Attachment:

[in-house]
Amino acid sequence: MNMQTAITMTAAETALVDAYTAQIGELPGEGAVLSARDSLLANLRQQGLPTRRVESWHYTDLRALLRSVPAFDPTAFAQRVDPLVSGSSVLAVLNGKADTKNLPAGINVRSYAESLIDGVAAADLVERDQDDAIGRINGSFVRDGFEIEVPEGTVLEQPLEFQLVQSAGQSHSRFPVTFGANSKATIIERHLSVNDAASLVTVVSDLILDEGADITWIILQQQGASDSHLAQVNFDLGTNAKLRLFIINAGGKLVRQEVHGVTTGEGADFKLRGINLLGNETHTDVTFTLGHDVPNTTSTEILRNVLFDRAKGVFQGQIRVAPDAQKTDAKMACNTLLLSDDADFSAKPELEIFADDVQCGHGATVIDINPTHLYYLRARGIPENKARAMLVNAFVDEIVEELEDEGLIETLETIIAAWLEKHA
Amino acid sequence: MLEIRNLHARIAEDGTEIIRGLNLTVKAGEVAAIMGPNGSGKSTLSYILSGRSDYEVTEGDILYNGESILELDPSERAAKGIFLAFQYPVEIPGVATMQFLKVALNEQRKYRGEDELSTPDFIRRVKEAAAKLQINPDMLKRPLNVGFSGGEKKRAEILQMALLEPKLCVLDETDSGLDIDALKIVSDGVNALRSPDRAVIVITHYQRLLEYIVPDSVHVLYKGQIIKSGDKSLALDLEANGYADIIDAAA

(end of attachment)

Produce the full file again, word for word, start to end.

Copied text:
[in-house]
Amino acid sequence: MNMQTAITMTAAETALVDAYTAQIGELPGEGAVLSARDSLLANLRQQGLPTRRVESWHYTDLRALLRSVPAFDPTAFAQRVDPLVSGSSVLAVLNGKADTKNLPAGINVRSYAESLIDGVAAADLVERDQDDAIGRINGSFVRDGFEIEVPEGTVLEQPLEFQLVQSAGQSHSRFPVTFGANSKATIIERHLSVNDAASLVTVVSDLILDEGADITWIILQQQGASDSHLAQVNFDLGTNAKLRLFIINAGGKLVRQEVHGVTTGEGADFKLRGINLLGNETHTDVTFTLGHDVPNTTSTEILRNVLFDRAKGVFQGQIRVAPDAQKTDAKMACNTLLLSDDADFSAKPELEIFADDVQCGHGATVIDINPTHLYYLRARGIPENKARAMLVNAFVDEIVEELEDEGLIETLETIIAAWLEKHA
Amino acid sequence: MLEIRNLHARIAEDGTEIIRGLNLTVKAGEVAAIMGPNGSGKSTLSYILSGRSDYEVTEGDILYNGESILELDPSERAAKGIFLAFQYPVEIPGVATMQFLKVALNEQRKYRGEDELSTPDFIRRVKEAAAKLQINPDMLKRPLNVGFSGGEKKRAEILQMALLEPKLCVLDETDSGLDIDALKIVSDGVNALRSPDRAVIVITHYQRLLEYIVPDSVHVLYKGQIIKSGDKSLALDLEANGYADIIDAAA